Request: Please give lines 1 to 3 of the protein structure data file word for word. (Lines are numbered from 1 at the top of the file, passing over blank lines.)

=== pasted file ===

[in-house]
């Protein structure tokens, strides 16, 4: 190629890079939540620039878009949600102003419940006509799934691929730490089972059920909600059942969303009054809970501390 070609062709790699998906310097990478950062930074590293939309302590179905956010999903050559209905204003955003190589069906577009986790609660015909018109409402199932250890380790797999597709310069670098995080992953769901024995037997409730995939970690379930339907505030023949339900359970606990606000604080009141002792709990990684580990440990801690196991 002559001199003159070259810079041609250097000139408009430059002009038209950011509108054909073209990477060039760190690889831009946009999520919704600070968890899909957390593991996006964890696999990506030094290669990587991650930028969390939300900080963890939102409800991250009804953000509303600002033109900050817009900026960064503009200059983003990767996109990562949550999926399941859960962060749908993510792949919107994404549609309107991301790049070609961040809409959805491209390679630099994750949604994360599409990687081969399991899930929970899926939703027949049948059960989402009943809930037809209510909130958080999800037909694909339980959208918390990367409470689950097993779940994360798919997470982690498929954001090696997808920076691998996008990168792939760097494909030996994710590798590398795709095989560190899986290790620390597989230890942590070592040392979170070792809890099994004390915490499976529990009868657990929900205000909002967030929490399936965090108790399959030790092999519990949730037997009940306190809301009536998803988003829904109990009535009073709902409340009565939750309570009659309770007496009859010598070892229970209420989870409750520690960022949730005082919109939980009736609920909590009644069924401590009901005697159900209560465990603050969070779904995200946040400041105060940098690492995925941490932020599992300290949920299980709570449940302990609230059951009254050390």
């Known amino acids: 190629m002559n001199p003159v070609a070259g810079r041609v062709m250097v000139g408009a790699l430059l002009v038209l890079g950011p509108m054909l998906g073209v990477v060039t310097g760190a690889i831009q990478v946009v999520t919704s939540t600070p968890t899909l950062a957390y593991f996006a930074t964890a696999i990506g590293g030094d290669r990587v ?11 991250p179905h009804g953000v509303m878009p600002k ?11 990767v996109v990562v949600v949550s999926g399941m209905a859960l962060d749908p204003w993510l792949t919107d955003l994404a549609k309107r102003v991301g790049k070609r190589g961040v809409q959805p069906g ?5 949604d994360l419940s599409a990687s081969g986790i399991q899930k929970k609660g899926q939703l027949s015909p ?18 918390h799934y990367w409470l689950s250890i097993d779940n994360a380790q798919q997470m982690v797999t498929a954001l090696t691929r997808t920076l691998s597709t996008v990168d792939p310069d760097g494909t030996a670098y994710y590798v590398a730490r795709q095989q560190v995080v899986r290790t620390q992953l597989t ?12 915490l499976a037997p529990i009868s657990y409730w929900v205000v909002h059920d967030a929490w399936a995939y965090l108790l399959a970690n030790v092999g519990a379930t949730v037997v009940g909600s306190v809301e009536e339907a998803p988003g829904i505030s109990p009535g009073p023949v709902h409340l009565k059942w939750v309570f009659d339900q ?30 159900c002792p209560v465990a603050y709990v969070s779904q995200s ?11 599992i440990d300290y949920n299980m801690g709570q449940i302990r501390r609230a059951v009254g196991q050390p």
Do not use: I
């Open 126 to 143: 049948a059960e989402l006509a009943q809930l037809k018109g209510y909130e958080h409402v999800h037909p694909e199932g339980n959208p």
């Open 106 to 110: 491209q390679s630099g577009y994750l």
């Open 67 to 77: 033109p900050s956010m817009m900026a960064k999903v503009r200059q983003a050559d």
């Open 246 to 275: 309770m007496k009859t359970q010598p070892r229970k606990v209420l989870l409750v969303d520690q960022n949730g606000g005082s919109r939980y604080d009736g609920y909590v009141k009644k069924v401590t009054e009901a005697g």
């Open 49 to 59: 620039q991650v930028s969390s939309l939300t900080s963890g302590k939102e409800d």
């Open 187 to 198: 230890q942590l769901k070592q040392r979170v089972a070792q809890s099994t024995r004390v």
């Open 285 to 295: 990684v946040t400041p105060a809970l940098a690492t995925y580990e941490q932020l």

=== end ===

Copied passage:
[in-house]
């Protein structure tokens, strides 16, 4: 190629890079939540620039878009949600102003419940006509799934691929730490089972059920909600059942969303009054809970501390 070609062709790699998906310097990478950062930074590293939309302590179905956010999903050559209905204003955003190589069906577009986790609660015909018109409402199932250890380790797999597709310069670098995080992953769901024995037997409730995939970690379930339907505030023949339900359970606990606000604080009141002792709990990684580990440990801690196991 002559001199003159070259810079041609250097000139408009430059002009038209950011509108054909073209990477060039760190690889831009946009999520919704600070968890899909957390593991996006964890696999990506030094290669990587991650930028969390939300900080963890939102409800991250009804953000509303600002033109900050817009900026960064503009200059983003990767996109990562949550999926399941859960962060749908993510792949919107994404549609309107991301790049070609961040809409959805491209390679630099994750949604994360599409990687081969399991899930929970899926939703027949049948059960989402009943809930037809209510909130958080999800037909694909339980959208918390990367409470689950097993779940994360798919997470982690498929954001090696997808920076691998996008990168792939760097494909030996994710590798590398795709095989560190899986290790620390597989230890942590070592040392979170070792809890099994004390915490499976529990009868657990929900205000909002967030929490399936965090108790399959030790092999519990949730037997009940306190809301009536998803988003829904109990009535009073709902409340009565939750309570009659309770007496009859010598070892229970209420989870409750520690960022949730005082919109939980009736609920909590009644069924401590009901005697159900209560465990603050969070779904995200946040400041105060940098690492995925941490932020599992300290949920299980709570449940302990609230059951009254050390």
């Known amino acids: 190629m002559n001199p003159v070609a070259g810079r041609v062709m250097v000139g408009a790699l430059l002009v038209l890079g950011p509108m054909l998906g073209v990477v060039t310097g760190a690889i831009q990478v946009v999520t919704s939540t600070p968890t899909l950062a957390y593991f996006a930074t964890a696999i990506g590293g030094d290669r990587v ?11 991250p179905h009804g953000v509303m878009p600002k ?11 990767v996109v990562v949600v949550s999926g399941m209905a859960l962060d749908p204003w993510l792949t919107d955003l994404a549609k309107r102003v991301g790049k070609r190589g961040v809409q959805p069906g ?5 949604d994360l419940s599409a990687s081969g986790i399991q899930k929970k609660g899926q939703l027949s015909p ?18 918390h799934y990367w409470l689950s250890i097993d779940n994360a380790q798919q997470m982690v797999t498929a954001l090696t691929r997808t920076l691998s597709t996008v990168d792939p310069d760097g494909t030996a670098y994710y590798v590398a730490r795709q095989q560190v995080v899986r290790t620390q992953l597989t ?12 915490l499976a037997p529990i009868s657990y409730w929900v205000v909002h059920d967030a929490w399936a995939y965090l108790l399959a970690n030790v092999g519990a379930t949730v037997v009940g909600s306190v809301e009536e339907a998803p988003g829904i505030s109990p009535g009073p023949v709902h409340l009565k059942w939750v309570f009659d339900q ?30 159900c002792p209560v465990a603050y709990v969070s779904q995200s ?11 599992i440990d300290y949920n299980m801690g709570q449940i302990r501390r609230a059951v009254g196991q050390p």